African-American cowboy crooner Herb Jeffries dies
By Jessica Herndon, AP
May 28, 2014, 12:01 am TWN
LOS ANGELES--Herb Jeffries, the jazz singer and actor who performed with Duke Ellington and was known as the “Bronze Buckaroo” in a series of all-black 1930s Westerns, died of heart failure Sunday morning at a Los Angeles hospital. He was 100.
His death was confirmed by Raymond Strait, who worked with Jeffries on his not-yet-published autobiography titled “Color of Love.”
With a mellow voice and handsome face, Jeffries became familiar to jazz fans, but segregation in the film industry limited his movie career. He scored a big hit with Ellington as the vocalist on “Flamingo,” recorded in 1940 and later covered by a white singer, the popular vocalist Tony Martin.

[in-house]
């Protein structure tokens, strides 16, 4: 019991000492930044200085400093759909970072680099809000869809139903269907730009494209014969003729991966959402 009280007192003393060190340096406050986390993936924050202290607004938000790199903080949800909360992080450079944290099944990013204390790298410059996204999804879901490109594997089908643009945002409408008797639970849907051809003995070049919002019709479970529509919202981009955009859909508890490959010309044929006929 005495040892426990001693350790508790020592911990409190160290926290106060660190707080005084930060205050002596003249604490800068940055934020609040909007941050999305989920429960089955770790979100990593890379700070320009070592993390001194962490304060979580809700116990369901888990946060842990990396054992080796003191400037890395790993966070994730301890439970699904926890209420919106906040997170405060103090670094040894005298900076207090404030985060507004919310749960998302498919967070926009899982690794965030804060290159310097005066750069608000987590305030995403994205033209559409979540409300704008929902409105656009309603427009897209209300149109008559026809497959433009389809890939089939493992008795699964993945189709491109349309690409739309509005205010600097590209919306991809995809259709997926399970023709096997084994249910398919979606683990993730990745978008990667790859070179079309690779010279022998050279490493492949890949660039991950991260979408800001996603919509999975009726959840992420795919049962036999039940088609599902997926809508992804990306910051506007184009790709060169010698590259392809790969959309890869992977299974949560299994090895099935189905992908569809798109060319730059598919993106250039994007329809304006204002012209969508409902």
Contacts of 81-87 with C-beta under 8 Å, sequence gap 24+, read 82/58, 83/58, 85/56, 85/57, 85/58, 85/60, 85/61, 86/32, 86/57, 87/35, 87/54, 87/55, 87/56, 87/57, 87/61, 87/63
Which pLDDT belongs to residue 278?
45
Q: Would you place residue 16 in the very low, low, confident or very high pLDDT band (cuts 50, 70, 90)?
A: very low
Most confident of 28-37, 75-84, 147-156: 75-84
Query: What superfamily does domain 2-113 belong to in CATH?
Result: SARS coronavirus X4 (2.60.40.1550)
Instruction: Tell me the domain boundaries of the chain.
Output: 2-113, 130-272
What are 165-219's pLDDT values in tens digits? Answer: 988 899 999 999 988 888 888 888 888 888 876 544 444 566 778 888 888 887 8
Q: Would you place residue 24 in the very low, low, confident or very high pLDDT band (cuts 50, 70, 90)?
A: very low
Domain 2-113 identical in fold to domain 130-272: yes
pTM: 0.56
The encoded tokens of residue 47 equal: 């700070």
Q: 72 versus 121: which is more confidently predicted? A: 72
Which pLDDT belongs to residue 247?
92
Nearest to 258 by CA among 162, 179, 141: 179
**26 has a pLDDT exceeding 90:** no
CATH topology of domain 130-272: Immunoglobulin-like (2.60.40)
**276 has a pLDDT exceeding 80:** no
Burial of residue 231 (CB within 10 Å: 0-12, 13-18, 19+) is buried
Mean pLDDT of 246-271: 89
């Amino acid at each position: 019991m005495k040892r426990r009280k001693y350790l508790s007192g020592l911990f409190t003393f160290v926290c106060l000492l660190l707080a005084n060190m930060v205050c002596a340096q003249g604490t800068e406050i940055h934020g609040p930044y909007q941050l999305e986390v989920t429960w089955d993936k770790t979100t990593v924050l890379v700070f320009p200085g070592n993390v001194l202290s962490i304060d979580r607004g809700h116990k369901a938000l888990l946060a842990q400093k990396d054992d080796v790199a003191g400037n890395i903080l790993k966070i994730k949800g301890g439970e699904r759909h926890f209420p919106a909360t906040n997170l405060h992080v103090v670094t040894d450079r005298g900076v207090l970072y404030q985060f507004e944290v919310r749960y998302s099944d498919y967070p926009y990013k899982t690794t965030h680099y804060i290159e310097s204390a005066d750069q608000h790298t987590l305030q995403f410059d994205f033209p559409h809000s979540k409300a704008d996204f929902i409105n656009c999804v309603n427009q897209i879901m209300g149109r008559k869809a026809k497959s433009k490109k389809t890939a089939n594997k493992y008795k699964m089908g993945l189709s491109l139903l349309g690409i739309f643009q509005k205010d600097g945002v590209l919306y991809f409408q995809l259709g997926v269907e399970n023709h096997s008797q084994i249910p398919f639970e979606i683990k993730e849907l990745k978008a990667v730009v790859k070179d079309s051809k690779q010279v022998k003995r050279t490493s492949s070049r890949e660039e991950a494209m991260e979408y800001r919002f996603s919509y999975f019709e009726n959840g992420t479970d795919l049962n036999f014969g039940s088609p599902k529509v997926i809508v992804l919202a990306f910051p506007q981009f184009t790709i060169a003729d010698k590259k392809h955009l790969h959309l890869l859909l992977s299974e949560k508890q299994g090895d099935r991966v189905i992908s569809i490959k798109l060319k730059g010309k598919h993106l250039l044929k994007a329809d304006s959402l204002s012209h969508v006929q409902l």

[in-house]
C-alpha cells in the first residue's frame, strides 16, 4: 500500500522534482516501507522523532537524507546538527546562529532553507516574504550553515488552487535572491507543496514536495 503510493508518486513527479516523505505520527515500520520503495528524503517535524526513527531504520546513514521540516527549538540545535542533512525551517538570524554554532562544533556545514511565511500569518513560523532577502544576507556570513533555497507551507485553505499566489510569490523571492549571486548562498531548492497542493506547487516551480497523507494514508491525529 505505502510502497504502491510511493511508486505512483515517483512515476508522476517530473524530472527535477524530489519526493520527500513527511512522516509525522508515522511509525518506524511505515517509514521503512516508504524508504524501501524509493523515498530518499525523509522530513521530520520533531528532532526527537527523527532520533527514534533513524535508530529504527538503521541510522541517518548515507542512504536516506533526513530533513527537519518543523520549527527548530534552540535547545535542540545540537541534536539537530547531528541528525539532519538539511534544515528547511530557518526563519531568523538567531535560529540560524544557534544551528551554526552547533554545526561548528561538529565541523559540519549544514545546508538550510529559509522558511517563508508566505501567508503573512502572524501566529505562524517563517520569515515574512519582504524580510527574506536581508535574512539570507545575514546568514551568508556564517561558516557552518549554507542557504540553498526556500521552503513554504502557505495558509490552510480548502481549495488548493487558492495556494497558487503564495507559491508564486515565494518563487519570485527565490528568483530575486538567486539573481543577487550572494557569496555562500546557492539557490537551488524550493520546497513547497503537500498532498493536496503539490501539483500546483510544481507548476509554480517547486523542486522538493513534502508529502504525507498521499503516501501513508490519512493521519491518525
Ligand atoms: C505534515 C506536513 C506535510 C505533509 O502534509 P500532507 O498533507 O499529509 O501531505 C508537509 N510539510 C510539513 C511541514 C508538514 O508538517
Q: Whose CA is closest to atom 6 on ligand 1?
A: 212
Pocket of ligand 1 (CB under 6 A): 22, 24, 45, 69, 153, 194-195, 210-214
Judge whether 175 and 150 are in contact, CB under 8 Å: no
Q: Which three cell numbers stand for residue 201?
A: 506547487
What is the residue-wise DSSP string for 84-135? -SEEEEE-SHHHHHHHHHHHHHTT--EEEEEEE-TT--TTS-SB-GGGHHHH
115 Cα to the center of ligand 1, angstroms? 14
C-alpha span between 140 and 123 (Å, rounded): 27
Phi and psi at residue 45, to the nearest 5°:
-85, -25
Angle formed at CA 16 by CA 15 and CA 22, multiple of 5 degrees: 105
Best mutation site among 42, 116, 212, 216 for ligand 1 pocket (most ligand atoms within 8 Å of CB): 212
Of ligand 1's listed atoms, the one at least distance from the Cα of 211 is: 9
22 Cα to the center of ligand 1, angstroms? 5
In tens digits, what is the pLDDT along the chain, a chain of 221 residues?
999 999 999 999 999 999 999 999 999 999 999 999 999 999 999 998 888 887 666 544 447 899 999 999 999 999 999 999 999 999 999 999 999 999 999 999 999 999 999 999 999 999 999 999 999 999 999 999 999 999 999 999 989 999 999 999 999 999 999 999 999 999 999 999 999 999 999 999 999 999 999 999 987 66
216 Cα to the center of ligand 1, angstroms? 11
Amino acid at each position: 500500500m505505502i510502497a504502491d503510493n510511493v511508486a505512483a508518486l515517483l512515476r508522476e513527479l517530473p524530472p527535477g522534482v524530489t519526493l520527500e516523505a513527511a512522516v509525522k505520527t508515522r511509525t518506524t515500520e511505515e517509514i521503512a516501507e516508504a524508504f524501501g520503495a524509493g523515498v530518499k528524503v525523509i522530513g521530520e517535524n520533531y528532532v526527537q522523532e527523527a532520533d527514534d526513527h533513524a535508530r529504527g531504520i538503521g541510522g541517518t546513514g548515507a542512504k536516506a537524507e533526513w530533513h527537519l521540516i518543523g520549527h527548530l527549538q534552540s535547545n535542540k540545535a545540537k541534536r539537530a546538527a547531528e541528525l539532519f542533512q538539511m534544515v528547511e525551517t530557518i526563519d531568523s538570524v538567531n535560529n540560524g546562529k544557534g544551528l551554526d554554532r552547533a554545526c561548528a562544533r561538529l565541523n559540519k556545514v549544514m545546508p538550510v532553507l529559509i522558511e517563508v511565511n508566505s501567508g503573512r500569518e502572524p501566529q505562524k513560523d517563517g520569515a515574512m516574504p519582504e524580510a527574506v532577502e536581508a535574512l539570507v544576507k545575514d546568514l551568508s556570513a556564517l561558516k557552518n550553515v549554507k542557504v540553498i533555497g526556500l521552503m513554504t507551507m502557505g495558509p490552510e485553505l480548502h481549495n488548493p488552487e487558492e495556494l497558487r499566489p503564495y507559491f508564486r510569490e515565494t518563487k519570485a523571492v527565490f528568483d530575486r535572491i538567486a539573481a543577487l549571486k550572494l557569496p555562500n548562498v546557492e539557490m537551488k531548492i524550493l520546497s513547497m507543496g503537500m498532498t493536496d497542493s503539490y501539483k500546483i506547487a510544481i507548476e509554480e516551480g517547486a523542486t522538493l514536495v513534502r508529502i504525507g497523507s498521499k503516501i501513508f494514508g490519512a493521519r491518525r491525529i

Among the other songs he did with Ellington were “There Shall Be No Night” and “You, You Darlin.'”
“The camaraderie in his band was like a bunch of guys in college,” Jeffries recalled in the book “Off the Record: An Oral History of Popular Music.” “Ellington had a knack for developing talent and stars. ... He was more like a father to me than a boss.”
Jeffries has been described as the only black singing cowboy star in Hollywood history.
He is survived by his fifth wife, Savannah; three daughters; and two sons.
In this Friday, Sept. 24, 2004 photo, Herb Jeffries, a singing cowboy hero of the silver screen, right, is congratulated by jazz great Gerald Wilson following dedication ceremonies ...